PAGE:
The Wisdom Pattern: Order, Disorder, Reorder
by Richard Rohr, OFM (Reviewed by Linda Douty)
I admire Richard Rohr’s ability to take cosmic, timeless, spiritual truths and render them into language accessible to any serious seeker. In this new book, he tackles the pathway of growth and the universal pattern or cycle of life described in various vocabularies throughout the ages: the journey–fall–return; Garden of Eden–fall–Paradise; and orientation–disorientation–new orientation. Scientists speak of star–supernova–energy and light and thesis–antithesis–synthesis. Christians identify Life–Crucifixion–Resurrection and birth–sin–rebirth.
Rohr hopes to revisit this recurrent pattern in up-to-date pragmatic language so that we can see its reality in the lives we live and the world we inhabit, leading us to “let go of our first order, trust the disorder, and—sometimes even hardest of all—to trust the new order. Three big leaps of faith for all of us, and each with a different character” (xv). He sees in our current dilemma a serious crisis of meaning (clearly a time of disorder)—faced with the forces of “consumerism, racism, militarism. Individualism, patriarchy, and the corporate juggernaut” (3). A Franciscan priest, Rohr relies heavily on the wisdom and writings of Saint Francis of Assisi, but this book reaches far beyond the boundaries of Catholicism or Christianity.
It seems part of a pattern that we are usually called by God into a time of divine discontent (disillusionment with the way things are) before we are willing to move on. Rohr explains it this way: “Normally, God pushes (toward growth) by disillusioning us with the present mode. Until the present falls apart, we will never look for something more” (66). This can also be described as spiritual restlessness or inner pacing.
In this period of deconstruction, he offers sage advice to negotiate inevitable and predictable whirlpools of confusion. One of his most incisive chapters focuses on the perils of victimhood and the importance of dealing with our pain in ways other than blaming, scapegoating, and pointing fingers. We tend to embrace our victimhood so that we can claim the moral high ground. Rohr plainly states, “Playing the victim is an effective way of getting moral high ground without doing any moral development whatsoever. We don’t have to grow up, we don’t have to let go, we don’t have to forgive, we don’t have to surrender—all the things that great religion has deemed necessary” (24). He reminds us that “Jesus neither played the victim nor created victims. He became a saving and forgiving victim” (26).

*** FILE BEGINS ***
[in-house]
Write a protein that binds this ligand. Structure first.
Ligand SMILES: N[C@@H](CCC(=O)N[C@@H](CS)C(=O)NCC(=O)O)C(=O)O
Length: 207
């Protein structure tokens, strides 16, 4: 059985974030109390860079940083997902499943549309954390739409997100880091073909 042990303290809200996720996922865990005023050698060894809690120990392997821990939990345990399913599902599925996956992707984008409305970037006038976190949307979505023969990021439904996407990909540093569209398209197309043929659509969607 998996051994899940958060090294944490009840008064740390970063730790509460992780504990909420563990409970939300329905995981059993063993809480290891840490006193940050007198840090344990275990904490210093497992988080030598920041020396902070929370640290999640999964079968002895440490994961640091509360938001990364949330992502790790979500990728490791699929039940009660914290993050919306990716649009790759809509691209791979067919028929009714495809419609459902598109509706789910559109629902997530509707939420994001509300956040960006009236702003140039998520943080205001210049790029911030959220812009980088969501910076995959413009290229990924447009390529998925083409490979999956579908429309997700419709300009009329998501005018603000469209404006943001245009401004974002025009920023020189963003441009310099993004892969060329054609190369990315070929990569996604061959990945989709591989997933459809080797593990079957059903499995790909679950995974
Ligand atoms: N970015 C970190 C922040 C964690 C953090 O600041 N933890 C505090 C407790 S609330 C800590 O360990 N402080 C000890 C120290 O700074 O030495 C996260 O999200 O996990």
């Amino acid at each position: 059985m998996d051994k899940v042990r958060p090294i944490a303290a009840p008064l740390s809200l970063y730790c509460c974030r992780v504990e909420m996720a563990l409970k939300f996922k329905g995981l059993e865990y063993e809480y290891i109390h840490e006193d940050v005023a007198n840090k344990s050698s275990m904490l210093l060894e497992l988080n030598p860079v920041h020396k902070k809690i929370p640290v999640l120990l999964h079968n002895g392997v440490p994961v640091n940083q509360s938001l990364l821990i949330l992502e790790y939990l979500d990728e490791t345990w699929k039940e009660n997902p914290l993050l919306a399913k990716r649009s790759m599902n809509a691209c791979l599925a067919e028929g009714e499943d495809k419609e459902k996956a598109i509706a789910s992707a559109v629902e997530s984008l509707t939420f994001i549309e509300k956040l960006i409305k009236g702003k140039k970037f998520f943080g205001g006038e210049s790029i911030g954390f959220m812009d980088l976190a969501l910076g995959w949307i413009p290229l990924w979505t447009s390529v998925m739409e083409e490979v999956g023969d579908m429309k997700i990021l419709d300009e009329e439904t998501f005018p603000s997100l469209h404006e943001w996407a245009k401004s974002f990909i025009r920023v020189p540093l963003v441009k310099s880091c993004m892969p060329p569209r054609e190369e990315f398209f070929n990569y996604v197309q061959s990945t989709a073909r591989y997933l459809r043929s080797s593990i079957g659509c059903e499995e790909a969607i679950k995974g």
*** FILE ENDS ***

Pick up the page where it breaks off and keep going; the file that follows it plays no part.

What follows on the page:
The Wisdom Pattern is not about doom and gloom. Rohr describes the wonders of Great Awakenings and attempts to move beyond deconstruction, which he names as “useless without reconstruction, without a positive vision” (63). While it may feel good to point out who and what is wrong, we can proclaim that loudly without becoming part of the solution. This is what we know as lazy spirituality. He urges us to follow the way of the cross, standing against hate while not becoming hate ourselves.
Rohr’s thoughts about ways of knowing reality found in chapter six, “Cleaning Our Lenses,” are particularly instructive. As spiritual directors, we understand that how we see what we see—our worldview—affects every thought and action. Rohr delves into the intellect, the will, the emotions, the senses, the imagination, aesthetics, and epiphany—and how all these help us to know what we know. Then, he writes about how to discover what motivates us and determines our personal worldview. In this final process of finding a third way, the book moves toward reconstruction in ways that point the reader forward, while at the same time giving some needed warnings.
Rohr touts the necessity of limitations, encourages us to explore the shadow (our own and shadows in society), and concludes with a powerful Reconstructionist Creed. It ends with these words: “We believe in a personal universe where the divine image shines through all created things. It is therefore an enchanted universe where we can always live in reverence and even adoration before the good, the true, and the beautiful” (197). I believe this is a must-read book for spiritual directors and spiritual seekers, and I will highly recommend it.
Linda Douty is a spiritual director and retreat leader living in Memphis, Tennessee, USA. She is the author of several books, including Rhythms of Growth: 365 Meditations to Nurture the Soul, Praying in the Messiness of Life: 7 Ways to Renew Your Relationship with God, and How Did I Get to Be 70 When I’m 35 Inside?: Spiritual Surprises of Later Life. Her e-mail address is LindaDouty@aol.com.